Sev­eral people have com­plained about the Tag-Connect rout­ing mean­ing that you take up as much board space as the stand­ard, lar­ger, con­nector. I cer­tainly found the rout­ing was annoy­ing, espe­cially with the holes at either end requir­ing lines to go the long way around. I cheated some­what by pla­cing vias on the pads, effect­ively mak­ing some of the pins through holes, this made rout­ing much easier for me. For a two layered board the Tag-Connect bene­fits are prob­ably mar­ginal, with more lay­ers the bene­fits would be add up rapidly.

Order­ing

An order has been placed at OSH­Park for both the Digikey board and mine, the pro­cess was remark­ably good, lots of feed­back as to what would be man­u­fac­tured as you pro­gressed. My board has an oval hole which OSH­Park doesn’t sup­port but I’ll fix that some­how after the board is delivered.

The Digikey board 20.35×22.91 mm (0.8×0.9 inches) and cost $1.20 USD per board.
My board is 30.02×20.02 mm (the 0.02mm is the cut line thick­ness) and cost $1.55 USD per board.

Within 24 hours both boards had been sent for fab­ric­a­tion, mine got a free upgrade to the spe­cial rush order stream.

I have ordered an 0603 res­istor and an 0603 capa­citor part book from Super Deal Tech­no­logy with some empty pages. The Digikey board uses 0804 parts (designed for old folks with fad­ing eye­sight) but I’ll just put 0603s onto the lar­ger pads. Part books are by far the best way to man­age SMD components.

The remain­ing parts have been ordered from Element14, Digikey was cheaper on the parts but more expens­ive with shipping.

Weekly Wrap 4 – 10 April 2016

Cheesecake danish

CSIRO notebook

Atten­ded a car acci­dent on Monday with the SES.

Baked my first suc­cess­ful Dan­ish using an online recipe after two failed attempts fol­low­ing a recipe book. We ate one and gave one away to my Grandfather.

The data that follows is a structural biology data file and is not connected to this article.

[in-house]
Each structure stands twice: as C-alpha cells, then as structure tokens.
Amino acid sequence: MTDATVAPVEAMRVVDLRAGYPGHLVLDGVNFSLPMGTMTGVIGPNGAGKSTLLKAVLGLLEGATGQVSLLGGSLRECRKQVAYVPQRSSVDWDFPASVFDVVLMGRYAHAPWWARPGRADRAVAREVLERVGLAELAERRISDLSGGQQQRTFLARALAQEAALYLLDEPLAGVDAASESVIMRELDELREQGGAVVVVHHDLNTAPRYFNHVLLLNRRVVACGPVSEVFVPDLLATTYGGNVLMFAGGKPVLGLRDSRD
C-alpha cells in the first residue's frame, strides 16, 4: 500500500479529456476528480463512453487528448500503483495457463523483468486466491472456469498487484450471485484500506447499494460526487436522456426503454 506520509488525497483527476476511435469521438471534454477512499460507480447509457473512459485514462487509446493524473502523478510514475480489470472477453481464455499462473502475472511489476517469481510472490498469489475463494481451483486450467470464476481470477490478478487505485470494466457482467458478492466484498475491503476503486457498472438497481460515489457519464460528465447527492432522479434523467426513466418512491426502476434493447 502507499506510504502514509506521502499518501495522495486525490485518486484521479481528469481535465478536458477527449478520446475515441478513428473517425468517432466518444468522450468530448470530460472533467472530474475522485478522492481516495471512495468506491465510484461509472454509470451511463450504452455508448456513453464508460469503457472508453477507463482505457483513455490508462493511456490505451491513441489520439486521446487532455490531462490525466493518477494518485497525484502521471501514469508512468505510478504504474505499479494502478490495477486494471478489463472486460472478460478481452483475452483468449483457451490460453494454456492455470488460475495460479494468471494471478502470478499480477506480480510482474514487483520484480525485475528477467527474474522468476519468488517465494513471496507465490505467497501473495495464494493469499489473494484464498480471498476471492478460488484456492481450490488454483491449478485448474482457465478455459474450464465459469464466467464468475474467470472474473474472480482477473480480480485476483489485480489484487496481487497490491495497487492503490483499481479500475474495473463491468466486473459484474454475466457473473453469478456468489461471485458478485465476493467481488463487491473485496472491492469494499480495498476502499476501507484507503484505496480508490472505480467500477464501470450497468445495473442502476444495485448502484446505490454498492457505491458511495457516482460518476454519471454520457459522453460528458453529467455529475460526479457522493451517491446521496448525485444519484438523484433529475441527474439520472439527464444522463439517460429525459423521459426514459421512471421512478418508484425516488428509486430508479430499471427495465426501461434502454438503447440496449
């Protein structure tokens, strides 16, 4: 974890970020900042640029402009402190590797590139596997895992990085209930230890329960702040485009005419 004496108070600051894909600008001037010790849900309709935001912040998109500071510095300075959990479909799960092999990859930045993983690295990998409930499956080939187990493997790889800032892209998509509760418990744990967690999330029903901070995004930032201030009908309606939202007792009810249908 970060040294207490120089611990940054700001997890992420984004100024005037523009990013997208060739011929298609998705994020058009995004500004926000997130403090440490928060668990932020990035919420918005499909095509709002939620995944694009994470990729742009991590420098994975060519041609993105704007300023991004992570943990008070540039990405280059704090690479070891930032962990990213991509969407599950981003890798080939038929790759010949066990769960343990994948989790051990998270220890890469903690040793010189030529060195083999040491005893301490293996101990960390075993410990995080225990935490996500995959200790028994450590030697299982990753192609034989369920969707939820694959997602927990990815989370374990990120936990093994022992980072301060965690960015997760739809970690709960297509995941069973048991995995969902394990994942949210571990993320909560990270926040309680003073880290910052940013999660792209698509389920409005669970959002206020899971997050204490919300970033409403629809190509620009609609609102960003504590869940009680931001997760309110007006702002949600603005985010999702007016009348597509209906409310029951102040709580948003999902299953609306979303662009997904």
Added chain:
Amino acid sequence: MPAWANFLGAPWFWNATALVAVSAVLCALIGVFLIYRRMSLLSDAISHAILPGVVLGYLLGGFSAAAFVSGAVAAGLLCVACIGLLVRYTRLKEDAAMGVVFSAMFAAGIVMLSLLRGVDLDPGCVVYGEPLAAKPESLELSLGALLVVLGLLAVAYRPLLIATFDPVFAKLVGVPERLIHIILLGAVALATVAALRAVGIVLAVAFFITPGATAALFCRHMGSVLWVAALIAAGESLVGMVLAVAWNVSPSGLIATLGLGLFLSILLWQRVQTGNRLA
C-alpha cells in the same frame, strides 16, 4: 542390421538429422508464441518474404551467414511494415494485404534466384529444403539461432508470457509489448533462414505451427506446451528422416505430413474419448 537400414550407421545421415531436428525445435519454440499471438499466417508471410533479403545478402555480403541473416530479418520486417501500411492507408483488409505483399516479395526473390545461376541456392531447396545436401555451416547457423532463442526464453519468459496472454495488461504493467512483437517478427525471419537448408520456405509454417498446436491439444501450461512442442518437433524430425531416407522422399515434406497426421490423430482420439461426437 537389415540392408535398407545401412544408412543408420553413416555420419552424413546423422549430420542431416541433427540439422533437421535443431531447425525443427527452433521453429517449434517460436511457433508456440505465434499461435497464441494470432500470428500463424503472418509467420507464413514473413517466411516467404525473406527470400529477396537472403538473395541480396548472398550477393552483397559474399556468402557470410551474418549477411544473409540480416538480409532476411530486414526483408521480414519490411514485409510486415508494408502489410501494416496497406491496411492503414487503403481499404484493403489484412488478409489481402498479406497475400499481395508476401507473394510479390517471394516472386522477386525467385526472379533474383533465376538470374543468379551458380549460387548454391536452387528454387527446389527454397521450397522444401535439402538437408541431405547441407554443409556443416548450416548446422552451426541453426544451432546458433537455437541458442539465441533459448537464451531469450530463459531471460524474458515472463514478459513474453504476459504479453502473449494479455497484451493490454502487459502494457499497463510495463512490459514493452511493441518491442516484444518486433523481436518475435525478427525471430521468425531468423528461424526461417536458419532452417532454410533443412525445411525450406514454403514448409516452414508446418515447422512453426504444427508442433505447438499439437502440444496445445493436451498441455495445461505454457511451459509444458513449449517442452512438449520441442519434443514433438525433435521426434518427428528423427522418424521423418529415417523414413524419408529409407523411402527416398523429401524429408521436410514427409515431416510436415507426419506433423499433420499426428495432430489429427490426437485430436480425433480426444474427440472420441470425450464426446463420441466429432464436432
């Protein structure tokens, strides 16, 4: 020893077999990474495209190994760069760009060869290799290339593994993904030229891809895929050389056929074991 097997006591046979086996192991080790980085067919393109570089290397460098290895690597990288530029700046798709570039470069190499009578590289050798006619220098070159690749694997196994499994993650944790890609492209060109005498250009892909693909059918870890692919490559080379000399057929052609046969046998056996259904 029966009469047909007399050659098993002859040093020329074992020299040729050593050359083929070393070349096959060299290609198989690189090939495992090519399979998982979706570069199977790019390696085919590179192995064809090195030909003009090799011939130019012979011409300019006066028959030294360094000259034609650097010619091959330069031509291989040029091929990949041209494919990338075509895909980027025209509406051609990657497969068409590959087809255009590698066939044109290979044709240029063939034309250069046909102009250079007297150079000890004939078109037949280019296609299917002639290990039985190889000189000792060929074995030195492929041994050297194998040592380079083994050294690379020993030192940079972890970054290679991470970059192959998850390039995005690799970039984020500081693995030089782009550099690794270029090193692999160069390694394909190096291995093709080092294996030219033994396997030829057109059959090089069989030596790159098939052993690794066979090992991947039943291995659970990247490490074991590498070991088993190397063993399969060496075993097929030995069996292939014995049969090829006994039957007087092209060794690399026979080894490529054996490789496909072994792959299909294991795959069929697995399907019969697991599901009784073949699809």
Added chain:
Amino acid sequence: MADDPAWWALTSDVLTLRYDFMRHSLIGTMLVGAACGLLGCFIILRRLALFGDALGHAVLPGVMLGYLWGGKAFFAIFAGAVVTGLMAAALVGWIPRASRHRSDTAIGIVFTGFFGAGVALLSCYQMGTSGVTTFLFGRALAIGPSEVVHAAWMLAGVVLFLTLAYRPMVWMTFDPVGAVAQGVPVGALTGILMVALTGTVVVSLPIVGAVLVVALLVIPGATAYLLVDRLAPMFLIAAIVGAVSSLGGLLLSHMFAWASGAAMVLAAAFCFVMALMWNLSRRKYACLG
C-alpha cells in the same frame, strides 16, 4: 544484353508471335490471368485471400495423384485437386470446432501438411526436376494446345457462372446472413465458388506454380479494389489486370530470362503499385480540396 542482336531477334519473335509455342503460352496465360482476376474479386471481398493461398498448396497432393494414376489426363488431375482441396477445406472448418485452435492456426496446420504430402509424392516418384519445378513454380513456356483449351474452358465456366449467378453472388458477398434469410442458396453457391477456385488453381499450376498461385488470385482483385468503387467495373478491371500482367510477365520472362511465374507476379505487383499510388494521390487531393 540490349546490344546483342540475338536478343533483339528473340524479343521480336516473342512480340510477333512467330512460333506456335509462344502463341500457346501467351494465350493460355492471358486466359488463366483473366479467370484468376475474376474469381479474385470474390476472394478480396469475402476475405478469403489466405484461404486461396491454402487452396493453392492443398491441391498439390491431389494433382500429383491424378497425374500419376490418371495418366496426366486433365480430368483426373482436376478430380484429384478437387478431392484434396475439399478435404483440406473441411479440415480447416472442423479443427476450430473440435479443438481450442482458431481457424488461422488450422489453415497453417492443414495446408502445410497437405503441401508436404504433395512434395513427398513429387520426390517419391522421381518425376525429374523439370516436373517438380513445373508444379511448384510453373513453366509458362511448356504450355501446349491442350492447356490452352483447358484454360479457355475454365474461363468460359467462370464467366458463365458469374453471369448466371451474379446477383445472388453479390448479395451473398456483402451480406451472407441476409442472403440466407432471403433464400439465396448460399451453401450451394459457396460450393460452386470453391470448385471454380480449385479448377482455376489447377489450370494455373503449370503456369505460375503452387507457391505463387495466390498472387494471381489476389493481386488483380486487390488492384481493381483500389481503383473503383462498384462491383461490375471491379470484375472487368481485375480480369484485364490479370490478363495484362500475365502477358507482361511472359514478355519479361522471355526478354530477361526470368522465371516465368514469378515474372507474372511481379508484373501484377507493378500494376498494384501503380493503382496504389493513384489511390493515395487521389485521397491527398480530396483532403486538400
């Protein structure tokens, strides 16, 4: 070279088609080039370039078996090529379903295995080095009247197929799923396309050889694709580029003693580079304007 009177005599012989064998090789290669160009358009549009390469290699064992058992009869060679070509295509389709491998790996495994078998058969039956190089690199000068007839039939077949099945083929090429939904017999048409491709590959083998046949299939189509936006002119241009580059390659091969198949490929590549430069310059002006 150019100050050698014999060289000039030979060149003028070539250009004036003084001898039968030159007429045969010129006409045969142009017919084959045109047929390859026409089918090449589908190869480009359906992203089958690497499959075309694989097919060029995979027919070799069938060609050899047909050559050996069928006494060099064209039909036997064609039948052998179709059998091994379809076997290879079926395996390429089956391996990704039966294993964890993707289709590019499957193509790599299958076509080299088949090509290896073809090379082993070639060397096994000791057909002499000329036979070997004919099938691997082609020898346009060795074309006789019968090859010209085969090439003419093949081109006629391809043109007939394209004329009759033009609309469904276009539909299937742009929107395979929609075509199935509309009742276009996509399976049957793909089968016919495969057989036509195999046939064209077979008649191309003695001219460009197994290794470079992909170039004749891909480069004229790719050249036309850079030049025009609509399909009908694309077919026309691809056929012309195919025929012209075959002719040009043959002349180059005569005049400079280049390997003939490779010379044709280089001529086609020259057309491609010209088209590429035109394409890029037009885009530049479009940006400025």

Designed my first PCB using KiCad and wrote up the exper­i­ence.

Had my new engin­eer­ing note­books delivered, offi­cial CSIRO stock. I had a ter­rible time try­ing to find a decent book, my cur­rent one is an art book I picked up from Office­Works and it wasn’t ideal. The cur­rent book has a few pages left, I’ll prob­ably trans­ition over to a new one in a week or two.

Using KiCad

I have been exper­i­ment­ing this week with cir­cuit design and pcb lay­out tools. My exper­i­ence is with Altium but the price is rather hefty for my fairly simple require­ments and while I have used Altium for a few years I never actu­ally liked it, there are a lot of issues with the sys­tem. I con­sidered the vari­ous online tools and Eagle before decid­ing to give KiCad a go.

KiCad is an open source bundle of tools which has been rap­idly increas­ing in qual­ity over the last few years. CERN is provid­ing pro­fes­sional devel­op­ment sup­port and they have recently trans­ferred from a ‘build the source’ release struc­ture to stand­ard point releases.

I have played with KiCad for most of the week. It is good, I could do everything I needed to for the basic board I was doing, but some of it was a struggle. There are a lot of rough edges, how­ever the com­munity seems strong and most of the issues I encountered are in the pro­cess of being fixed.